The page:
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Tip of the Day

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Karl ARNDT
Tip of the Day
on Jun 8, 2005 at 5:06:26 pm

Morning Team, Karl here. Here is a great discovery that I have not heard before. When standing around your event with your camera in "Stand-by", shut off the auto focus mode. It will save batteries, but more importantly, it will save your auto focus motors. They are working like mad when you are waving your camera around looking for something to record.


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David Jones
Re: Tip of the Day
on Jun 8, 2005 at 6:46:19 pm

We don't use auto focus!


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Karl Arndt
Re: Tip of the Day
on Jun 8, 2005 at 7:54:30 pm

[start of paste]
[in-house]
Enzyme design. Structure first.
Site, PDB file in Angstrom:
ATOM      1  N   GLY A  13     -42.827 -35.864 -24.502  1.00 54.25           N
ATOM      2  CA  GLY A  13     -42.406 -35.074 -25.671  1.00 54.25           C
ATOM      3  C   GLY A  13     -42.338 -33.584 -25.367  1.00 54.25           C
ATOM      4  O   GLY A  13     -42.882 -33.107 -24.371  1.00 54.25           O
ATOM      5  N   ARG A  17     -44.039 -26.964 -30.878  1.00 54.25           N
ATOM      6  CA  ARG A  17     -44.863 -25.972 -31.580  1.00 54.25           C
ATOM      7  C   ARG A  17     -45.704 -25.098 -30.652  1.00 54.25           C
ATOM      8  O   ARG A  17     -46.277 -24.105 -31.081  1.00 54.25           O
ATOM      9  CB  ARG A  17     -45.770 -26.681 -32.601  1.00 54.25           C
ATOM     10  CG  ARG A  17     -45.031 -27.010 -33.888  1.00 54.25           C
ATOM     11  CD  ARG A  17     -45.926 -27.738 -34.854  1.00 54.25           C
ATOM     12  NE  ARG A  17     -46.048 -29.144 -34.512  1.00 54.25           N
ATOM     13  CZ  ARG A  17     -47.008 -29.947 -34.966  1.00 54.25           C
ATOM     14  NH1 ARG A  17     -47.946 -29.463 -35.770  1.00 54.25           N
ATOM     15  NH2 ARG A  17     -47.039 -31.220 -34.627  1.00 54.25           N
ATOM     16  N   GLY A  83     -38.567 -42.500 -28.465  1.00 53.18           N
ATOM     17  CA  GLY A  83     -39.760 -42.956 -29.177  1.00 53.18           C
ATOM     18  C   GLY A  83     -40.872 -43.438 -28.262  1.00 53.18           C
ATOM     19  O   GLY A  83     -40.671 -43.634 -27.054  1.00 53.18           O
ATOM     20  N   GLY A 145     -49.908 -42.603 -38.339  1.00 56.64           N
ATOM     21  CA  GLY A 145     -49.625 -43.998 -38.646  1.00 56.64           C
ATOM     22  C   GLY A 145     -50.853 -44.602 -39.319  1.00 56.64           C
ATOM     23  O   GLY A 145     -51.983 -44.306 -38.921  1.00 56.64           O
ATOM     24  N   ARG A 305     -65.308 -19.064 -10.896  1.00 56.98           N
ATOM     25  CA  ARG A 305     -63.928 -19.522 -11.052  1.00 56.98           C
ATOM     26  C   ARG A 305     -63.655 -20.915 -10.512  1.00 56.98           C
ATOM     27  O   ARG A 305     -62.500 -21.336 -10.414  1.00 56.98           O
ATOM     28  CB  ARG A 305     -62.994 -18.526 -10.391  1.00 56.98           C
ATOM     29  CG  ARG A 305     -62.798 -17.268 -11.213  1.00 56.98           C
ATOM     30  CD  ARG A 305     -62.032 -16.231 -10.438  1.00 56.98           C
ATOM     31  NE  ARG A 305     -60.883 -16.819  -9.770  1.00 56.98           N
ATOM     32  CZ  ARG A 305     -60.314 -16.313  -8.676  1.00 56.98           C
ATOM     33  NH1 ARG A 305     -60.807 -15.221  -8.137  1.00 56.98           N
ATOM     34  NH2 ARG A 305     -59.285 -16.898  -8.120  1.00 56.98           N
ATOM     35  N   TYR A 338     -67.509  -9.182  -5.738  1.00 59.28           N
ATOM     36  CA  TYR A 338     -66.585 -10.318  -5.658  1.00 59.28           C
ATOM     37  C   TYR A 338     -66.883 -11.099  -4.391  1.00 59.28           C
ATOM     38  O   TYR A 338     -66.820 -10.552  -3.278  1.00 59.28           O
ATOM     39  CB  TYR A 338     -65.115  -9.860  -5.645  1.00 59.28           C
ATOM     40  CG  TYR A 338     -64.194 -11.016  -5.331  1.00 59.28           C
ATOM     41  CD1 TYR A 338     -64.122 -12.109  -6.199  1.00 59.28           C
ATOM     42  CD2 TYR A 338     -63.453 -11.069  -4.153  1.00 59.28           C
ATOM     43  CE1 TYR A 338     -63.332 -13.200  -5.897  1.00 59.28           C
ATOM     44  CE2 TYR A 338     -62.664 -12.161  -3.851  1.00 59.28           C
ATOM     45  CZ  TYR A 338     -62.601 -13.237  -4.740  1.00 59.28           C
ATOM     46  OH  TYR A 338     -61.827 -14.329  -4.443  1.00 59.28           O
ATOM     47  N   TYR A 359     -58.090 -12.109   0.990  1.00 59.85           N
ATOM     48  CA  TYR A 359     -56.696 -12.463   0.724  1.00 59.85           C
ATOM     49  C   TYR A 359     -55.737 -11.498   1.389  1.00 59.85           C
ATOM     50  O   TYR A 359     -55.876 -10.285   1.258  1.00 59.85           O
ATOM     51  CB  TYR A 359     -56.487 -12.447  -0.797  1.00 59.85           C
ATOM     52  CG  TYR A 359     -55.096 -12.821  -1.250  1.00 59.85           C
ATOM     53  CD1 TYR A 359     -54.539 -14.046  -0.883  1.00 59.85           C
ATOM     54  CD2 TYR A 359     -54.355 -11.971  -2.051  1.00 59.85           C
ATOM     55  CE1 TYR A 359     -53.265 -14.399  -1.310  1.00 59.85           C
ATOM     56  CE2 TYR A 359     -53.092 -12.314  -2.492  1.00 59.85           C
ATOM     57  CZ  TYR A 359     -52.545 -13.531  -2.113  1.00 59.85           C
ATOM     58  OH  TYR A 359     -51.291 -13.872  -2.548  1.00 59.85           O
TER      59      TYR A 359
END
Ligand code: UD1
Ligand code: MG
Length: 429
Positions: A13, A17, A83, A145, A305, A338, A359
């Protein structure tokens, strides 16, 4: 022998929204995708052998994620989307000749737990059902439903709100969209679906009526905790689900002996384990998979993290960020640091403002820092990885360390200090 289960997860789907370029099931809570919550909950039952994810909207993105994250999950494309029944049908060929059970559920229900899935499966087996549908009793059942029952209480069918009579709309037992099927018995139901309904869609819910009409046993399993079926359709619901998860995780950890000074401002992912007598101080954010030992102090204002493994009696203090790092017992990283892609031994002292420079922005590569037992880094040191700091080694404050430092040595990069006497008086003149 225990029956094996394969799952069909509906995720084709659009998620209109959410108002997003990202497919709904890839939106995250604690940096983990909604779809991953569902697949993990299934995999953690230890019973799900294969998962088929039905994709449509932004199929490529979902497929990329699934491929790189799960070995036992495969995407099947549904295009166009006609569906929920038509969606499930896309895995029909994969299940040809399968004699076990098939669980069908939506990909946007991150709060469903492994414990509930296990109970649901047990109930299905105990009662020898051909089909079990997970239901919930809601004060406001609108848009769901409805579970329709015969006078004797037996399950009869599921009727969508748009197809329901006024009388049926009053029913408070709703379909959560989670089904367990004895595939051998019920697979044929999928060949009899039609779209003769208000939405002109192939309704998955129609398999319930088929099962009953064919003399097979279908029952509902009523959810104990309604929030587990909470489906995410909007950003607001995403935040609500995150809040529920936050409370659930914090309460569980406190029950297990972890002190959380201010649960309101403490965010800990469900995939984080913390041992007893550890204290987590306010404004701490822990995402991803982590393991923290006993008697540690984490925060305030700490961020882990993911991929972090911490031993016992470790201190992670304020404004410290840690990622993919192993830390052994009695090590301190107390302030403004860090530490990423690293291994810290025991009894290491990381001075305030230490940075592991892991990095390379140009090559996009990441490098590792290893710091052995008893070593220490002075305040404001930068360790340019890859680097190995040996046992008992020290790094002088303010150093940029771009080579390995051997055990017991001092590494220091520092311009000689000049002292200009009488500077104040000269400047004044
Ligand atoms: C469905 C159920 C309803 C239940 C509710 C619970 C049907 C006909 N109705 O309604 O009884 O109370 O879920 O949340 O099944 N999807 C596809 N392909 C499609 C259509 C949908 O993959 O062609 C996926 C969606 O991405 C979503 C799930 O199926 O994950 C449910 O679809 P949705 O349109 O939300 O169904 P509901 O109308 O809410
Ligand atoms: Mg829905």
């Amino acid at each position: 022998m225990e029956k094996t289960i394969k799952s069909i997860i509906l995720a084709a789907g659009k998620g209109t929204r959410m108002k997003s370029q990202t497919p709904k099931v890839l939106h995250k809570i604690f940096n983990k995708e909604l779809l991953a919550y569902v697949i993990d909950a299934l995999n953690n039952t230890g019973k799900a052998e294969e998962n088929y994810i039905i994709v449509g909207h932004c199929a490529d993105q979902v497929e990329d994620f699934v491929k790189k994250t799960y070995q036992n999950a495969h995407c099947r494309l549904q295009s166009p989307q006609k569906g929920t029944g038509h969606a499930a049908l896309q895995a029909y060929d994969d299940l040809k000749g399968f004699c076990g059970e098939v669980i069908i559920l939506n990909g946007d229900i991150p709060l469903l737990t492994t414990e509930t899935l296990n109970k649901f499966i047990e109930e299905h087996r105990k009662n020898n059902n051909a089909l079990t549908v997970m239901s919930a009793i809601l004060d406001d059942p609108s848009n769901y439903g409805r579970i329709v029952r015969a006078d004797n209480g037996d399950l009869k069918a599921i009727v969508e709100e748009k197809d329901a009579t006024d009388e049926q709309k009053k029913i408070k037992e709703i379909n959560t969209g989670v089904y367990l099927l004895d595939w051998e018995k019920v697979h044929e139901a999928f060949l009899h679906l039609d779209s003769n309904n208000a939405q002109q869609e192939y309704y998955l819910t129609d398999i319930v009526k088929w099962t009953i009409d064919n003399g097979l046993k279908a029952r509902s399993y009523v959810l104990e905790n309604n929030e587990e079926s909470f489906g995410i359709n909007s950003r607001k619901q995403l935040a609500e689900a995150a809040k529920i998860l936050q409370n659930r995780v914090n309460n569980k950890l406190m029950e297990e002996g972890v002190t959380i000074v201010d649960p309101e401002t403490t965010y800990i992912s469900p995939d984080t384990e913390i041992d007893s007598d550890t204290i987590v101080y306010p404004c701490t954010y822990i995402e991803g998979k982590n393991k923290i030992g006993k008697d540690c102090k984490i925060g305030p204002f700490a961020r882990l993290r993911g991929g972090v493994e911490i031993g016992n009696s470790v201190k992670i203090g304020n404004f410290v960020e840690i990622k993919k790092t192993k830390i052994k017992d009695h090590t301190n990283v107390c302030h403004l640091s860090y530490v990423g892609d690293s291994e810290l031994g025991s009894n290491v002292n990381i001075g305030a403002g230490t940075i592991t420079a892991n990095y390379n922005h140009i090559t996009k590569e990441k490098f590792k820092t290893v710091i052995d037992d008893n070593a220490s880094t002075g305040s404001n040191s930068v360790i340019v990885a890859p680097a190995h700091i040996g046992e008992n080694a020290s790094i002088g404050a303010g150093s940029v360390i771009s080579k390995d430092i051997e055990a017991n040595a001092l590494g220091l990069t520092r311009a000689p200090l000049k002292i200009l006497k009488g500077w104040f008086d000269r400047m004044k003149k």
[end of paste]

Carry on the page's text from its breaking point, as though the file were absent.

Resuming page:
What does that mean? We? Nobody? Nobody in this forum? Stupid responce.


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mike velte
Re: Tip of the Day
on Jun 8, 2005 at 8:24:03 pm

He should have said; "We dont admit to using auto focus"! Thanks for the tip!


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Doug Graham
Re: Tip of the Day
on Jun 8, 2005 at 9:25:28 pm

If your camera has a "Push Auto" button, you have the best of both worlds!



Regards,
Doug Graham


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Jeff Carpenter
Re: Tip of the Day
on Jun 8, 2005 at 9:31:25 pm

If your camera has a "Push Auto" button, you have the best of both worlds!
====

Ohh, I love that button! :-) It's certainly the safest way to use AF 'cause you won't accidentally forget you've left it on.


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Karl ARNDT
Re: Tip of the Day
on Jun 8, 2005 at 9:37:02 pm

The "Push Auto" is even a better technique.


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Jeff Carpenter
Re: Tip of the Day
on Jun 8, 2005 at 8:42:20 pm

What he means is that auto-focus can be unreliable and so professional shooters don't like to use it.

But you're right, whenever someone mentions "auto-focus" around here they shoulnd't get a terse respons implying that they're an idiot for even thinking about using it.